T.R. Reid supports this alternative etymology, noting that the ancient Greek name must have derived from asu, meaning 'east' in Assyrian (ereb for Europe meaning 'west').[5] The ideas of Occidental (form Latin Occidens 'setting') and Oriental (from Latin Oriens for 'rising') are also European invention, synonymous with Western and Eastern.[5] Reid further emphasizes that it explains the Western point of view of placing all the peoples and cultures of Asia into a single classification, almost as if there were a need for setting the distinction between Western and Eastern civilizations on the Eurasian continent.[5] Ogura Kazuo and Tenshin Okakura are two Japanese outspoken figures over the subject.[5]

However, this etymology is considered doubtful, because it does not explain how the term "Asia" first came to be associated with Anatolia, which is west of the Semitic-speaking areas, unless they refer to the viewpoint of a Phoenician sailor sailing through the straits between the Mediterranean Sea and the Black Sea.

Definition and boundariesEdit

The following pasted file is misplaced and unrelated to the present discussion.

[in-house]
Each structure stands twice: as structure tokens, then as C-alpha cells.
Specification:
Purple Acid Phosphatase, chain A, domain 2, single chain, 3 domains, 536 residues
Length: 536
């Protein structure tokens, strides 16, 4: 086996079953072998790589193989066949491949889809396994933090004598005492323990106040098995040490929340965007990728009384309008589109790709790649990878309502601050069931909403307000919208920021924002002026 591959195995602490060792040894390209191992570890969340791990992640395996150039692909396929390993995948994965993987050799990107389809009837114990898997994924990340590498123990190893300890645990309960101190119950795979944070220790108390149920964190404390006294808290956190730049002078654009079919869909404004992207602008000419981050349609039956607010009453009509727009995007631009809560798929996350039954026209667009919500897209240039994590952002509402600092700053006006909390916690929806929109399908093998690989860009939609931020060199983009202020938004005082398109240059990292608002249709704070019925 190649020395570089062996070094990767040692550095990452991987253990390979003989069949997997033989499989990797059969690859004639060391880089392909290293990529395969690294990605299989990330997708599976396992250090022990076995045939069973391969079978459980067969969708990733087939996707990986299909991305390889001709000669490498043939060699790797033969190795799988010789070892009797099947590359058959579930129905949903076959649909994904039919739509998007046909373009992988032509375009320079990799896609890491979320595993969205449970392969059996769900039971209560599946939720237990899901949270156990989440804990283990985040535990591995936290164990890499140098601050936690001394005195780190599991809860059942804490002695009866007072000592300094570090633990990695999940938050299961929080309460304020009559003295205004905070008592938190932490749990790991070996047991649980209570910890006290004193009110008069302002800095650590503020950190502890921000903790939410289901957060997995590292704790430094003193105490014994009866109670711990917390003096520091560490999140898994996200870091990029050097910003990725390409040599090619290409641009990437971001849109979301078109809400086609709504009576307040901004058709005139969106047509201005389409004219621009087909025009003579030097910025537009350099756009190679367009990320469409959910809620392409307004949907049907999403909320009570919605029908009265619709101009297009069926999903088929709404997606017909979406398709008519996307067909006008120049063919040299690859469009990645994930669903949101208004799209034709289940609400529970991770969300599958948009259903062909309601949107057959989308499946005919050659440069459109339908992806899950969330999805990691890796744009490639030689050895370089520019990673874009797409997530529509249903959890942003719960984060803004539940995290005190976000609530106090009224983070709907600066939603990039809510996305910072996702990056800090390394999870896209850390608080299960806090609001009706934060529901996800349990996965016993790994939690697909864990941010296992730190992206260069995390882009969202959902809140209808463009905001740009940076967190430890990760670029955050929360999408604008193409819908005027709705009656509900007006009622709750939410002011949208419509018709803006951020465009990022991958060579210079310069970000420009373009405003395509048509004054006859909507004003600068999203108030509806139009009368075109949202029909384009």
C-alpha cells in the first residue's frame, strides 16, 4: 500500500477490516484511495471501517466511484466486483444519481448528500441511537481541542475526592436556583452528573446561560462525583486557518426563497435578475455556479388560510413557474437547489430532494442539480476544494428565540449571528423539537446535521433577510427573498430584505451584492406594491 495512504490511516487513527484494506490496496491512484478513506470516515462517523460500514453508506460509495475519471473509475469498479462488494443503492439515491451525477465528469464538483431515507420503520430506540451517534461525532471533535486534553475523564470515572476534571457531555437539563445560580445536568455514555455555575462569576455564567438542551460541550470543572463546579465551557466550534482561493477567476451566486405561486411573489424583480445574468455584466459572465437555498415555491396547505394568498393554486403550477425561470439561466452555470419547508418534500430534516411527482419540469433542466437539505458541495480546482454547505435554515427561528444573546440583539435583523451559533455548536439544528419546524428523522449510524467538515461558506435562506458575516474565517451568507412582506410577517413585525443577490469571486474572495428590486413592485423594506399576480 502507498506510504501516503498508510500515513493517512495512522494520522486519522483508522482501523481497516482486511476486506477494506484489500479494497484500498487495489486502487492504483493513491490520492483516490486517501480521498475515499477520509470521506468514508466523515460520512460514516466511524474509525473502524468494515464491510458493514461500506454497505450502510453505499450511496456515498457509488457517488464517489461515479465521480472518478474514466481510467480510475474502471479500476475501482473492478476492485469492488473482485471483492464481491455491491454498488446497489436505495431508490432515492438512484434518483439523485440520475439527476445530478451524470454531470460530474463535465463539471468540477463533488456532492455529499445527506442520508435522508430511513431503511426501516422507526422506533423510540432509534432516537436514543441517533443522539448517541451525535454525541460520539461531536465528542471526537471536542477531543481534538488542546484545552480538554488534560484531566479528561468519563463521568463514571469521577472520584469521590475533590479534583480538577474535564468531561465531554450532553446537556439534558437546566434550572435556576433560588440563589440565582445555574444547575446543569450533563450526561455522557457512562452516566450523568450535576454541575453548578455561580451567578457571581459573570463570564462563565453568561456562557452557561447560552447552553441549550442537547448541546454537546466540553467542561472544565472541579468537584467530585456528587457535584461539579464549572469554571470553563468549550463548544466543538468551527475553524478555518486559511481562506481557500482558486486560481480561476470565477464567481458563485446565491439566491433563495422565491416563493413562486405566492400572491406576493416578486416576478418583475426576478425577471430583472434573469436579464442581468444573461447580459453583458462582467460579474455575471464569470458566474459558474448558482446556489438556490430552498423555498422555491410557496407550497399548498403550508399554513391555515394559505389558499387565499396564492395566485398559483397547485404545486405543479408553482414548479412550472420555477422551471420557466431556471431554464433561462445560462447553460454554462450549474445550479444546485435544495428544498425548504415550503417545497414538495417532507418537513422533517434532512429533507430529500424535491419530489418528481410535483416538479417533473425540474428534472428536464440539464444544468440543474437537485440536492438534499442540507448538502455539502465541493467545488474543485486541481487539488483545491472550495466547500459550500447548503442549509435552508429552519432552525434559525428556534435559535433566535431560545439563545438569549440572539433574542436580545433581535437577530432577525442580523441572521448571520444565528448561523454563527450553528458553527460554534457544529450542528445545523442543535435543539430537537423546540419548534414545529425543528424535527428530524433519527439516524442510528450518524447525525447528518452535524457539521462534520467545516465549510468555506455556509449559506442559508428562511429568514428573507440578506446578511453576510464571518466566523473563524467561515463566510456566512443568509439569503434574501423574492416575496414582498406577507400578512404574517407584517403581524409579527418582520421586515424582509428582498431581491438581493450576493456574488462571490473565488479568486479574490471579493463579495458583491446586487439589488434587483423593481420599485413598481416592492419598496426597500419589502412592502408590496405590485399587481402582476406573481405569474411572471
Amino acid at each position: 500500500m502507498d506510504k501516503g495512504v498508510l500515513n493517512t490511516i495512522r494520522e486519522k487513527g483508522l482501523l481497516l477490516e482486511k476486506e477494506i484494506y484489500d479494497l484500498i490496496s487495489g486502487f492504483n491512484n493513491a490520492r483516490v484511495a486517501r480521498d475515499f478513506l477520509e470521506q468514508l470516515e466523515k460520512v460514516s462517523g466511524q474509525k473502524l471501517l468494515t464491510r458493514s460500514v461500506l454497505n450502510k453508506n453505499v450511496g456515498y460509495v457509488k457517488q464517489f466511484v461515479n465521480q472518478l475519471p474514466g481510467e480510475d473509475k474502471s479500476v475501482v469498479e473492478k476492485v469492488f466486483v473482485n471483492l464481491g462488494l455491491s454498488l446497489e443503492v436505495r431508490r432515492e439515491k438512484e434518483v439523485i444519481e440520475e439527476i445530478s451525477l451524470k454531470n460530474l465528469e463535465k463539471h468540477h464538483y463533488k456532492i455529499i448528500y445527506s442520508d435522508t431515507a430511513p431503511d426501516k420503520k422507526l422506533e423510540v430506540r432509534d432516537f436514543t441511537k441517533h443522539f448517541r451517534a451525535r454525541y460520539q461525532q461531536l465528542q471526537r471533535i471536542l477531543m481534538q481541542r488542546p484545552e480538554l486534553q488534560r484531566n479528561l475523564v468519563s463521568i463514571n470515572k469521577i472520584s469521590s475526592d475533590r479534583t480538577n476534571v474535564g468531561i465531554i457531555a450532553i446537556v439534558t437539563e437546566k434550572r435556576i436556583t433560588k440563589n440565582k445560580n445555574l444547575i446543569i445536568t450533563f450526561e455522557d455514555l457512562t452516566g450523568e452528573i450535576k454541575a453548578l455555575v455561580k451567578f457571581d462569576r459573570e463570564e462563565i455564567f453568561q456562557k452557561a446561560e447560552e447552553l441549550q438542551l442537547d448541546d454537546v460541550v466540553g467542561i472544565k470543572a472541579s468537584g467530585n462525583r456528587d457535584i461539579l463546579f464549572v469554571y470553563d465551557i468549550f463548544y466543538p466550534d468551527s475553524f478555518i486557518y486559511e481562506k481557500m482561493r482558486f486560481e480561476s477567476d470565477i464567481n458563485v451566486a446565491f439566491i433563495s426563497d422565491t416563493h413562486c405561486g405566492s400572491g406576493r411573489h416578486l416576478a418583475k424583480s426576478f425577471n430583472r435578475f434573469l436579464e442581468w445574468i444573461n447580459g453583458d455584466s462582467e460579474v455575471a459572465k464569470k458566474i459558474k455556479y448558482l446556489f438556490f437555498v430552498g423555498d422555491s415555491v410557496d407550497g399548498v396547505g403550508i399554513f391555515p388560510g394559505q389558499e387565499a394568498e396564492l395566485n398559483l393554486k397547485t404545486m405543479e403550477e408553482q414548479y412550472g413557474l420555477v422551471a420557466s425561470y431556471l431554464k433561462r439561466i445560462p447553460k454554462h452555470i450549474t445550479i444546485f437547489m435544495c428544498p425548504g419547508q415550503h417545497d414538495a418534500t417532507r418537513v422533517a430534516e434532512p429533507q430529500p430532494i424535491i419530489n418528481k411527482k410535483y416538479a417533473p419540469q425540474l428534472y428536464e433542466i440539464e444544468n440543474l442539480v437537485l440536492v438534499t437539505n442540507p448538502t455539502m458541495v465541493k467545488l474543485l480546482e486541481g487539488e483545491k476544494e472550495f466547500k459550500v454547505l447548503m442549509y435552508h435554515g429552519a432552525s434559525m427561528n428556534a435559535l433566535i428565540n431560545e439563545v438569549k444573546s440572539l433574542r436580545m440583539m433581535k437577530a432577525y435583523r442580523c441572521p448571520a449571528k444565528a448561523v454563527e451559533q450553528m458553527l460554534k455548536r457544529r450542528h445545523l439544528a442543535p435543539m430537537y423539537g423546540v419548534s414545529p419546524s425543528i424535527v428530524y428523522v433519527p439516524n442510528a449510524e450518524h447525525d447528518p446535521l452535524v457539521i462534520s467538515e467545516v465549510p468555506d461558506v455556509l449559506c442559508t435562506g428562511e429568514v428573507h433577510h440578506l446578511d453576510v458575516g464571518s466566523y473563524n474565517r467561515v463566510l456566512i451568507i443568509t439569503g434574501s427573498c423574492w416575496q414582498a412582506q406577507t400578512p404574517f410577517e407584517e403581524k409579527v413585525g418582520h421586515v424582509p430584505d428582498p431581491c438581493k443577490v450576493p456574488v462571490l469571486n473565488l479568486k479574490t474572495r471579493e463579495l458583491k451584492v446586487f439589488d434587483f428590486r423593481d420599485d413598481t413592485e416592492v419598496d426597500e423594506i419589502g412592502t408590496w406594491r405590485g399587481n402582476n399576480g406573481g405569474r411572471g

Physical geographyEdit

See also: Geography of Asia, Countries in both Asia and Europe, Geographic criteria for the definition of Europe
File:Asia-map.png
File:Two-point-equidistant-asia.jpg

Medieval Europeans considered Asia as a continent a distinct landmass. The European concept of the three continents in the Old World goes back to Classical Antiquity, but during the Middle Ages was notably due to 7th century Spanish scholar Isidore of Sevilla (see T and O map). The demarcation between Asia and Africa (to the southwest) is the Isthmus of Suez and the Red Sea. The boundary between Asia and Europe is conventionally considered to run through the Dardanelles, the Sea of Marmara, the Bosporus, the Black Sea, the Caucasus Mountains, the Caspian Sea, the Ural River to its source and the Ural Mountains to the Kara Sea near Kara, Russia. While this interpretation of tripartite continents (i.e., of Asia, Europe and Africa) remains common in modernity, discovery of the extent of Africa and Asia have made this definition somewhat anachronistic. This is especially true in the case of Asia, which has several regions that would be considered distinct landmasses if these criteria were used (for example, Southern Asia and Eastern Asia).